17 Inches or more

These workstations usually come packed with power and will provide you with a very comfortable experience at the cost of portability.

Brightness

The brightness of a display is measured in nits most laptops will have a maximum screen brightness of about 250 nits whereas some of the high-end laptops can go up to 500 nits. A brighter display will greatly enhance your experience by not only enhancing the colors and viewing angles but also will also allow you to use a laptop even under direct sunlight.

Color accuracy

A display’s ability to reproduce colors is usually in the sRGB gamut, which can be rather limiting for some professionals as it measures a limited set of colors. High-end laptop displays can reproduce up to 90 percent sRGB gamut. Therefore some of the manufacturers go for a wider gamut on their spec sheets such as NTSC or Adobe RGB. However unfortunately most of the time they are unable to land on a spec sheet.

Color accuracy is measured in terms of percentage of colors a Display covers of a given gamut the greater the coverage finer the detail. Modern standards such as Rec.2020, Adobe RGB, and DCI-P3 are far better standards for measuring color accuracy as they measure a greater range of colors when compared with older standards such as sRGB / Rec.709. 

Panel Type

There are four main Display Panels that you will find in laptops today.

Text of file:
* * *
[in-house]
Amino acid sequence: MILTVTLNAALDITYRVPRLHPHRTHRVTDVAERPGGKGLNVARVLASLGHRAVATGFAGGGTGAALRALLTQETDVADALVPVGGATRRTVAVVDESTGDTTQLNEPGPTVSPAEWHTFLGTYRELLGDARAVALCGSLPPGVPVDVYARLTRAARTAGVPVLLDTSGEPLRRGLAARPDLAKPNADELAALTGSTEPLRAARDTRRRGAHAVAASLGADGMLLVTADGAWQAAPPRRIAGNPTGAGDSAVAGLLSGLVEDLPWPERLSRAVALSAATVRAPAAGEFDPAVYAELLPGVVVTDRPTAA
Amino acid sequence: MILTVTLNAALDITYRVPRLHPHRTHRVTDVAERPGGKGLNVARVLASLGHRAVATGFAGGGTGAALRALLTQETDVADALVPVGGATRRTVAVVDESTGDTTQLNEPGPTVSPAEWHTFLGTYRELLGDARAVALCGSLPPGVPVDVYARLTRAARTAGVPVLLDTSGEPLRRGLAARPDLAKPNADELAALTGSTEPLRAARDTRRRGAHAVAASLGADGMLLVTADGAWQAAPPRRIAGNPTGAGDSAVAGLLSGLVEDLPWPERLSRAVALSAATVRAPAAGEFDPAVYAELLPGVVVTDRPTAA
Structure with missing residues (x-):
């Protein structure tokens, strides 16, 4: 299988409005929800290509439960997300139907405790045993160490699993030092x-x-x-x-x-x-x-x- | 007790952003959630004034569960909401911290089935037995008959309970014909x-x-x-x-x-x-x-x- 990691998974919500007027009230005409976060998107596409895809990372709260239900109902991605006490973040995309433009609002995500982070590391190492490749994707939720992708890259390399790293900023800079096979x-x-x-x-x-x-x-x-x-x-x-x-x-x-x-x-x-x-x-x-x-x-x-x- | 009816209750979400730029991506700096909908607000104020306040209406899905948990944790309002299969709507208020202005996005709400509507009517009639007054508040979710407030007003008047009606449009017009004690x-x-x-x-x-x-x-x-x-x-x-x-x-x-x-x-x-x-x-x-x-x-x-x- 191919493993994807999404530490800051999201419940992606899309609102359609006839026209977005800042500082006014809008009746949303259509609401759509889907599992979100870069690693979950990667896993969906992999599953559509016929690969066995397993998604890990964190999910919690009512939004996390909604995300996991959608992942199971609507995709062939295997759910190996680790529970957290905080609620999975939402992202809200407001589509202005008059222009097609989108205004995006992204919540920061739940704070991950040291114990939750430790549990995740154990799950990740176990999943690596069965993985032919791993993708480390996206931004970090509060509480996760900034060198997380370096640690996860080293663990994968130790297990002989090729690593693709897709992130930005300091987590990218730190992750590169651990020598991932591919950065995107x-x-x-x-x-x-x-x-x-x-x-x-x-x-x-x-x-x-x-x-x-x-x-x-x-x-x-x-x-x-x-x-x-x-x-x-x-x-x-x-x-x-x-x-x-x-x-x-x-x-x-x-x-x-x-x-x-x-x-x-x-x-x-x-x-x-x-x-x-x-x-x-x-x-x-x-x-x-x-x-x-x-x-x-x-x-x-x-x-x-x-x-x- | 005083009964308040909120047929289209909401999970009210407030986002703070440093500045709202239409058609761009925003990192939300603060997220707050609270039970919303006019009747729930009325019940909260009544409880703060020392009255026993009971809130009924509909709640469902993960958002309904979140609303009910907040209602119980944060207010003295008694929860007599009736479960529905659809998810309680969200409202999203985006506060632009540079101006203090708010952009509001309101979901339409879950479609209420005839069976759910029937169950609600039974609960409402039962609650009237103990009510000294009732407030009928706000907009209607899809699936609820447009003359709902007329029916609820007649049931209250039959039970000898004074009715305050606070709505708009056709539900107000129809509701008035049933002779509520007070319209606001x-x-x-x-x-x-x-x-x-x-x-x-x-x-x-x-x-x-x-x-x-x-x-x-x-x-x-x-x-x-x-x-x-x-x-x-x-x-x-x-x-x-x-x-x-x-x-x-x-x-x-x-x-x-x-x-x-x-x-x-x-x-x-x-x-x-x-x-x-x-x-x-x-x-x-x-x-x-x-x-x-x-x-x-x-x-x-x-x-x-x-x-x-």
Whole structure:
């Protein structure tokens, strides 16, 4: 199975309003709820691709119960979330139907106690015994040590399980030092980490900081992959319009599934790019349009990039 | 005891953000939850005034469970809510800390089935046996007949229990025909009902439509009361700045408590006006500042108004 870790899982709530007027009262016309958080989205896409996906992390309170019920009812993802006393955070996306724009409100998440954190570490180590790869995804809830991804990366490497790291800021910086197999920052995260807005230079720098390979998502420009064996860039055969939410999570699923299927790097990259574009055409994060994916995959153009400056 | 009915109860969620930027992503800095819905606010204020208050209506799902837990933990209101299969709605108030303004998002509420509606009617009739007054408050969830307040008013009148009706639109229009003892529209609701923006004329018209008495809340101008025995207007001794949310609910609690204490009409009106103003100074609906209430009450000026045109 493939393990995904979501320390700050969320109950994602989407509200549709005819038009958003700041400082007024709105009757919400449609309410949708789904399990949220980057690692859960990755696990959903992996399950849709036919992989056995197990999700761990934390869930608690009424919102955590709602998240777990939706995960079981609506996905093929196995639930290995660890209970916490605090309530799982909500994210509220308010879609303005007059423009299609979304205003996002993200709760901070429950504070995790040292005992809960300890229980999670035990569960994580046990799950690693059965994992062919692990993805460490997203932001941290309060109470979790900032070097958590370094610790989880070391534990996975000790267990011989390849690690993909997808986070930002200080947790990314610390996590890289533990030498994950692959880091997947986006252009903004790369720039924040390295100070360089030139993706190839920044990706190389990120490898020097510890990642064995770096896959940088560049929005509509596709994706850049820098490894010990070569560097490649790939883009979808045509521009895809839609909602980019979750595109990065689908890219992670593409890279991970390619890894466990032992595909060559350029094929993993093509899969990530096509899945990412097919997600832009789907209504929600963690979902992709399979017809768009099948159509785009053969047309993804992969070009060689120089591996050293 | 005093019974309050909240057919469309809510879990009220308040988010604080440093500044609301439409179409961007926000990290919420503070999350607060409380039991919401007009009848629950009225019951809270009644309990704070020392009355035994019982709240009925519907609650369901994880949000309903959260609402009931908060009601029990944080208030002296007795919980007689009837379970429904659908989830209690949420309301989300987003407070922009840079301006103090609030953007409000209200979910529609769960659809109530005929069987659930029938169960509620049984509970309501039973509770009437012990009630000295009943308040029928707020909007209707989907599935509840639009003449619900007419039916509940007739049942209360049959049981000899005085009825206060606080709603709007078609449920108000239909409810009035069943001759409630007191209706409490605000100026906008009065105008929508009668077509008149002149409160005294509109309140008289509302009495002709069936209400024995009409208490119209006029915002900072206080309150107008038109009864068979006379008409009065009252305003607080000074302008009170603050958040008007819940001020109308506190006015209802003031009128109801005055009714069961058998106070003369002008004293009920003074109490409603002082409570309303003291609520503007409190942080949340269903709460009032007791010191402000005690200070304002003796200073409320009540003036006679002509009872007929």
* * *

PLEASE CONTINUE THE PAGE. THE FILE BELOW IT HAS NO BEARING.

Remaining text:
1. The TN Panel (Twisted nematic)
  2. The VA Panel (Vertical Alignment)
  3. The IPS Panel (In-plane Switching)
  4. OLED (Organic Light Emitting Diode)

The TN Panel (Twisted nematic)

These display Panels are meant for gaming as they have a great response time and high refresh rate. These panels are not for creators as they don’t have good viewing angles and color accuracy. 

The VA Panel (Vertical Alignment)

VA panels have a  really long response time however higher refresh rates are possible with viewing angles typically better than TN but worse than an IPS panel. These panels have good Color Accuracy and Excellent contrast.

The IPS Panel (In-plane Switching)

IPS Panels in general have slower response times than a TN panel but faster than VA. Now, these panels have Excellent Colour Accuracy and Contrast.

OLED (Organic Light Emitting Diode)

OLED tends to have the best color accuracy and contrast of any display type. 

So when it comes to video editing since OLED panels are super rare your first choice should be an IPS Display if you are not able to find the color gamut and other specs.

Display Refresh Rate

The Refresh rate of a Display refers to how many images per second can be displayed. This means when playing a video or game that is over 60fps and you have a display of 60hz the frame rates will cap out at 60 fps.

For most video editing you don’t really need a Display that is over 60hz 

Calibration

Last, but not the least, calibrating your monitor will establish a standard that is essential for maintaining a consistent look for your project. A calibration program will allow consistency across multiple screens/Laptop models. So we highly recommend getting yourself familiarized with the calibration process.